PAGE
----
PHOTO: Rachael Martin/Shutterstock
Lesa Wilke
March 11, 2020

There are hundreds of chicken-housing designs available today, so choosing a new chicken coop model to build or buy can be a challenging task. However, by carefully considering each of the design elements that go into great housing, it’s possible to select a chicken coop model that’s perfect for you and your chickens.

The important housing elements to evaluate (which we’ll discuss below) include the following:

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  • size
  • storage
  • ventilation
  • predator protection
  • human access
  • cleaning
  • egg boxes
  • roosting bars

In addition to the coop design itself, chicken-keeping factors such as location and access to electricity and water should be considered.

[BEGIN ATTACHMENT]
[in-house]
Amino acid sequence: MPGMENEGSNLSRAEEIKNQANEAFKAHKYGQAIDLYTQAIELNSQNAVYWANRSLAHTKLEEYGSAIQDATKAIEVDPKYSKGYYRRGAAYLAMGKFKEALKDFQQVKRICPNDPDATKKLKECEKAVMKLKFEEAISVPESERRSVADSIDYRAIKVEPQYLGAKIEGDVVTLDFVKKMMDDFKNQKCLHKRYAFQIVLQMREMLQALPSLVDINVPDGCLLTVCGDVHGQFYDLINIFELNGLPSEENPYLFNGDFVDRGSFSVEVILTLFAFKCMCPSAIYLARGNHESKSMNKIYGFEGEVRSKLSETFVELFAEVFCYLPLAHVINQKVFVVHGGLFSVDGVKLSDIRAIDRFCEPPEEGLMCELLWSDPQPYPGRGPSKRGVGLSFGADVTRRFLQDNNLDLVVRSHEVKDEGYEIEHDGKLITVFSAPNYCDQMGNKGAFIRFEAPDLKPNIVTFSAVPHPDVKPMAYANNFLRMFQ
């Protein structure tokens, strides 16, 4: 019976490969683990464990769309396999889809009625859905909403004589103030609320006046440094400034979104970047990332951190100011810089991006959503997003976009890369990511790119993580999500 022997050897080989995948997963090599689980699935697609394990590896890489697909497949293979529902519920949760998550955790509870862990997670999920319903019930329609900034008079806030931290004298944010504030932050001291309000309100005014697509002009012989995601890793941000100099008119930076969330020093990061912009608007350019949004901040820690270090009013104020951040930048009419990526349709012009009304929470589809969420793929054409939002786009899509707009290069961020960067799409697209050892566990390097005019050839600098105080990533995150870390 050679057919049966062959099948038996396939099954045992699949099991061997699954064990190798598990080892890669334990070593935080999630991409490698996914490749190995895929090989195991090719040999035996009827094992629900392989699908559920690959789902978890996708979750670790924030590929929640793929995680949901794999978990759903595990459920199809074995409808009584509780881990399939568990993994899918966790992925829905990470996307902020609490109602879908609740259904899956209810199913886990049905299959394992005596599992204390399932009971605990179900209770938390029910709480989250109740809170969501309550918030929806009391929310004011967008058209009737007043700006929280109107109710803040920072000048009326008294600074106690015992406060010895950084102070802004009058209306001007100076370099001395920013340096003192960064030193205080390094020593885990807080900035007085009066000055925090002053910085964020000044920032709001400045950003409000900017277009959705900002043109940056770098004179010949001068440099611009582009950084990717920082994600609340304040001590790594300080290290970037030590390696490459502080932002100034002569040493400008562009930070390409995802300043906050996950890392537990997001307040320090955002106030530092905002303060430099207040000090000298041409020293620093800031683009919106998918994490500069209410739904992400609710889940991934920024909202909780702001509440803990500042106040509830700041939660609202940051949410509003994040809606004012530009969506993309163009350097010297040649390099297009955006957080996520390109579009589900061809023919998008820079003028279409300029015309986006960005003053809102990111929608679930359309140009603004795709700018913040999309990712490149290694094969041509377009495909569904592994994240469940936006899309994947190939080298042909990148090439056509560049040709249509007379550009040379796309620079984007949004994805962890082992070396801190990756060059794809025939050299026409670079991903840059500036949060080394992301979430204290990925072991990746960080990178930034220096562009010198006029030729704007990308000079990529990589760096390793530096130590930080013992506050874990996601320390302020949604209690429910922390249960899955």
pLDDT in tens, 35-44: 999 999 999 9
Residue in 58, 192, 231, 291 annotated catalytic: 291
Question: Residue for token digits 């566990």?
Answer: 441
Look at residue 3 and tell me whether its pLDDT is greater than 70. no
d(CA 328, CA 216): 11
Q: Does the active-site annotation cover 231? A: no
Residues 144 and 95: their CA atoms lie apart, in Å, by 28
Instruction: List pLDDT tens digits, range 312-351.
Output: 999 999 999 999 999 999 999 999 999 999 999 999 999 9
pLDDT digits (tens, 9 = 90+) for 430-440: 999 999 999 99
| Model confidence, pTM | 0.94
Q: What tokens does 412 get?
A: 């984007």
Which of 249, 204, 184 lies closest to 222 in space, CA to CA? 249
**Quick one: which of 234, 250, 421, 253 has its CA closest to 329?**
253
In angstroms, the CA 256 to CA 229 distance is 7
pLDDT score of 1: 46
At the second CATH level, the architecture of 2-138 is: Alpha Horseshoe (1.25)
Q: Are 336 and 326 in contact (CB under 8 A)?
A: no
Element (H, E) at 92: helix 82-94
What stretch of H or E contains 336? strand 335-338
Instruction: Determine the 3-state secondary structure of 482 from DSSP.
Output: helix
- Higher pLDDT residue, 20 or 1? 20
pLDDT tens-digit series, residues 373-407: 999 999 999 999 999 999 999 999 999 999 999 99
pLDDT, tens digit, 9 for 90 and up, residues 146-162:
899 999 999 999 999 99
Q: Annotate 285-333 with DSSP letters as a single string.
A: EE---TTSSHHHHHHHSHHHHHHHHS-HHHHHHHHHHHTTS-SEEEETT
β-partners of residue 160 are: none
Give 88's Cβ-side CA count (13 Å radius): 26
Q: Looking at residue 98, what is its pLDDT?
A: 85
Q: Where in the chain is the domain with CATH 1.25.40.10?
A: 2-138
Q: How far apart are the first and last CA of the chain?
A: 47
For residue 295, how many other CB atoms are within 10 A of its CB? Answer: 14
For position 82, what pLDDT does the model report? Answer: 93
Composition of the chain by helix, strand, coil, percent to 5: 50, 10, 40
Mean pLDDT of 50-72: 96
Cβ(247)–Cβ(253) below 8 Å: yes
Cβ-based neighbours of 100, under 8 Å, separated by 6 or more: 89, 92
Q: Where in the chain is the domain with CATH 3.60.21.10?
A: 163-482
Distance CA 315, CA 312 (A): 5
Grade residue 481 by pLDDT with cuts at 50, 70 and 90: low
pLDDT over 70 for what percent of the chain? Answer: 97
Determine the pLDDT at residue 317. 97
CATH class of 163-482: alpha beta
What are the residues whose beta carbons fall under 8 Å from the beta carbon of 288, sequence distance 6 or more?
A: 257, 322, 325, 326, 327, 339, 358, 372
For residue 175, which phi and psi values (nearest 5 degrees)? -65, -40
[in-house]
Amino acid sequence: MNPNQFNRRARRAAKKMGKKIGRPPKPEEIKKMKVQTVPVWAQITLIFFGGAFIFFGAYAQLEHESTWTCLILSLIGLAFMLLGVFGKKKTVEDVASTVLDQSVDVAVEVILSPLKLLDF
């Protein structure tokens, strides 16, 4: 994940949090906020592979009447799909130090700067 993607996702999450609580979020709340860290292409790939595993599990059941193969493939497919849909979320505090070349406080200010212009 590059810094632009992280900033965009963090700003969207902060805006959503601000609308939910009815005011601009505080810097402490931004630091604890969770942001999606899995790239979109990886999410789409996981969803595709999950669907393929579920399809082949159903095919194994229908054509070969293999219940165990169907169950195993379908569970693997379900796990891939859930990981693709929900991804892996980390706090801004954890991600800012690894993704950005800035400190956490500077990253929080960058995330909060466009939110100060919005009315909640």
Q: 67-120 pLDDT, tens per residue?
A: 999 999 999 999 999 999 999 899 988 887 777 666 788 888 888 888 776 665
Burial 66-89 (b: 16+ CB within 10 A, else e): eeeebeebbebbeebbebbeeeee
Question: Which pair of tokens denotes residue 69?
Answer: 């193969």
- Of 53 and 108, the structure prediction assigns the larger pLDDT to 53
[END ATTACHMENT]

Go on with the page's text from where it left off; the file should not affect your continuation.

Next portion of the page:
How Big

The best coop size for your chickens depends on how many birds you intend to keep, what breeds you’ll be housing and whether they have outside access.

It’s generally recommended that each bird have 2 to 4 square feet of space inside the coop if there is access to an outside run. Bantam breeds need at least 2 square feet of space. Heavy breeds need at least 4.

Chickens between those sizes need at least 3. If there isn’t outside access, then the size requirements increase to 5 to 10 square feet of space per bird (with 5 applying to smaller breeds and 10 to larger breeds accordingly).

Although the minimum sizes identified are normally adequate, when choosing a chicken coop model it’s a good idea to plan for a more space if possible.

“I always make the coop bigger than I think is needed because there are always more chickens than I think there will be,” says Mindy Wood, author of Raising Chickens Naturally. Also, having a larger coop means less frequent cleaning and fewer issues with things such as ventilation and moisture removal.


Learn how to optimize your chicken coop and your flock’s health.



Location Is Important